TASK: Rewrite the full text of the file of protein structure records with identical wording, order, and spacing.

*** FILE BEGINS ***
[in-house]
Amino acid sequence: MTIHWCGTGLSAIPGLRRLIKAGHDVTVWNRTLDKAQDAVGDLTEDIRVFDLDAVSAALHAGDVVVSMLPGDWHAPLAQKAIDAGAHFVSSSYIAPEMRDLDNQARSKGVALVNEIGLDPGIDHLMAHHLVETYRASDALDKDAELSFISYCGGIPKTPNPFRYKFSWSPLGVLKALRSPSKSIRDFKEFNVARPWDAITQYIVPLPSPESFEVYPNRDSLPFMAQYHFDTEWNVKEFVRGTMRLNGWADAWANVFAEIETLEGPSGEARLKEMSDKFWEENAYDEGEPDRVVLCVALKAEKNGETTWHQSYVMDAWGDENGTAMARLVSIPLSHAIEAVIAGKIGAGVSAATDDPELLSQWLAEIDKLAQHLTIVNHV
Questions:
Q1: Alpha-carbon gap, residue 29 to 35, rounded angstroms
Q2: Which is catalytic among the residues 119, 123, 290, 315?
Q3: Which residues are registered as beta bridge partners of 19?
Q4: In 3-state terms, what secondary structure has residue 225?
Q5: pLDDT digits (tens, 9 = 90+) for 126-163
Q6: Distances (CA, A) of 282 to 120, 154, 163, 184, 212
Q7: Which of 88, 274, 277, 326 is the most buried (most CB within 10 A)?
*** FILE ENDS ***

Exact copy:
[in-house]
Amino acid sequence: MTIHWCGTGLSAIPGLRRLIKAGHDVTVWNRTLDKAQDAVGDLTEDIRVFDLDAVSAALHAGDVVVSMLPGDWHAPLAQKAIDAGAHFVSSSYIAPEMRDLDNQARSKGVALVNEIGLDPGIDHLMAHHLVETYRASDALDKDAELSFISYCGGIPKTPNPFRYKFSWSPLGVLKALRSPSKSIRDFKEFNVARPWDAITQYIVPLPSPESFEVYPNRDSLPFMAQYHFDTEWNVKEFVRGTMRLNGWADAWANVFAEIETLEGPSGEARLKEMSDKFWEENAYDEGEPDRVVLCVALKAEKNGETTWHQSYVMDAWGDENGTAMARLVSIPLSHAIEAVIAGKIGAGVSAATDDPELLSQWLAEIDKLAQHLTIVNHV
Questions:
Q1: Alpha-carbon gap, residue 29 to 35, rounded angstroms
Q2: Which is catalytic among the residues 119, 123, 290, 315?
Q3: Which residues are registered as beta bridge partners of 19?
Q4: In 3-state terms, what secondary structure has residue 225?
Q5: pLDDT digits (tens, 9 = 90+) for 126-163
Q6: Distances (CA, A) of 282 to 120, 154, 163, 184, 212
Q7: Which of 88, 274, 277, 326 is the most buried (most CB within 10 A)?